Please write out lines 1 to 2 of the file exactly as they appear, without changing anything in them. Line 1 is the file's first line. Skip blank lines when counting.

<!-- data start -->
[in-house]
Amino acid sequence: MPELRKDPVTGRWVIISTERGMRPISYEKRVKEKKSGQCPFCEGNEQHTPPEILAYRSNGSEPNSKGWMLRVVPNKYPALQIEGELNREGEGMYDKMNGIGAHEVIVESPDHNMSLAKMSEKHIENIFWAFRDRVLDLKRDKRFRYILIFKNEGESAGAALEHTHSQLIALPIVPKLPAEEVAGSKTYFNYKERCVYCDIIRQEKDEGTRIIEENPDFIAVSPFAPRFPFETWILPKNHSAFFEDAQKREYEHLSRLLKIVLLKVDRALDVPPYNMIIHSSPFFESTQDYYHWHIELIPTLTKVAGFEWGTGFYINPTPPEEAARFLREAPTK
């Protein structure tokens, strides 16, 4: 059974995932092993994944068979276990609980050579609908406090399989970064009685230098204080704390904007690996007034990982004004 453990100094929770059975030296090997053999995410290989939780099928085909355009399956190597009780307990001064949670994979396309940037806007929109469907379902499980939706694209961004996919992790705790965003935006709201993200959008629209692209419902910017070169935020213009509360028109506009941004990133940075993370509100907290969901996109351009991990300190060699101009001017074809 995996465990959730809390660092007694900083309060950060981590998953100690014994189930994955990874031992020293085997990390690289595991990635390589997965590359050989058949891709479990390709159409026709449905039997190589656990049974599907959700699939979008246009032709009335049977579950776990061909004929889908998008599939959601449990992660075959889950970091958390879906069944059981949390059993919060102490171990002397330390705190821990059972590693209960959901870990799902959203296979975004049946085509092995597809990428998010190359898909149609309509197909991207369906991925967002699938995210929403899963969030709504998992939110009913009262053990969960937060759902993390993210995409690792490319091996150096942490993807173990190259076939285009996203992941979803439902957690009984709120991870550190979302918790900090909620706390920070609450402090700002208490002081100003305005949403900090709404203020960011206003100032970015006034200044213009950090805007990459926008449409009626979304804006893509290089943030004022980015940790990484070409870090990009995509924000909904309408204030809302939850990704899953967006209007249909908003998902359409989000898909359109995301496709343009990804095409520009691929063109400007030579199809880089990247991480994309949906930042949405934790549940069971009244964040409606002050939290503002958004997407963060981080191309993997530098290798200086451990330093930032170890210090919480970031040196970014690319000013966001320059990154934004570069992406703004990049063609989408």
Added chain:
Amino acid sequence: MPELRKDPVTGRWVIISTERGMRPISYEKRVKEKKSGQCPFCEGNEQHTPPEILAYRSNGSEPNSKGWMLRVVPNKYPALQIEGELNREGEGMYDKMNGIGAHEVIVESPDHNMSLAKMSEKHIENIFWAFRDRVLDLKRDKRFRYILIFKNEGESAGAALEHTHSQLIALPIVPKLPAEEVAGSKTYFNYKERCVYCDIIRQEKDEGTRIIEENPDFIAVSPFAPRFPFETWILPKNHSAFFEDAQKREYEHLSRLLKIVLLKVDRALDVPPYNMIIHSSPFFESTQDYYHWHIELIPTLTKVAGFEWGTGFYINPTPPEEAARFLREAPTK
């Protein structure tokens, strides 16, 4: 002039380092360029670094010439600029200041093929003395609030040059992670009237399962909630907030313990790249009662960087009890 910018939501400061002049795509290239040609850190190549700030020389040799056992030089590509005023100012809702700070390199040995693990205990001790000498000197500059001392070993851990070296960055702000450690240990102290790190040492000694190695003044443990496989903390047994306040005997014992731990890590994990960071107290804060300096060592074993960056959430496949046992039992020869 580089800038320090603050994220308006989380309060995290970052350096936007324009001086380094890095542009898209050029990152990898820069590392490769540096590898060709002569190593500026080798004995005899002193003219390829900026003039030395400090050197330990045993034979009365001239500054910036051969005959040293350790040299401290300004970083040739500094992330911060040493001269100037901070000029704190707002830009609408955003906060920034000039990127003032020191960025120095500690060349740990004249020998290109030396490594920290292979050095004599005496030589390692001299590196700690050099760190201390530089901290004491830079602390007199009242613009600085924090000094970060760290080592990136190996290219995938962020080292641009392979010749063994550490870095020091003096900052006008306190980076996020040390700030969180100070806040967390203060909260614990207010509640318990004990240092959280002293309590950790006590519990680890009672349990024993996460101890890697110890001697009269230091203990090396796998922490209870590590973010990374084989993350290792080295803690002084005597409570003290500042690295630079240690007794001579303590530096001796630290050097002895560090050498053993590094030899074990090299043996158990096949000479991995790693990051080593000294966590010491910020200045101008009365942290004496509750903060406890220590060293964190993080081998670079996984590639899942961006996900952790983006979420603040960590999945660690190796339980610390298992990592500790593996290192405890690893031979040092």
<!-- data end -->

[in-house]
Amino acid sequence: MPELRKDPVTGRWVIISTERGMRPISYEKRVKEKKSGQCPFCEGNEQHTPPEILAYRSNGSEPNSKGWMLRVVPNKYPALQIEGELNREGEGMYDKMNGIGAHEVIVESPDHNMSLAKMSEKHIENIFWAFRDRVLDLKRDKRFRYILIFKNEGESAGAALEHTHSQLIALPIVPKLPAEEVAGSKTYFNYKERCVYCDIIRQEKDEGTRIIEENPDFIAVSPFAPRFPFETWILPKNHSAFFEDAQKREYEHLSRLLKIVLLKVDRALDVPPYNMIIHSSPFFESTQDYYHWHIELIPTLTKVAGFEWGTGFYINPTPPEEAARFLREAPTK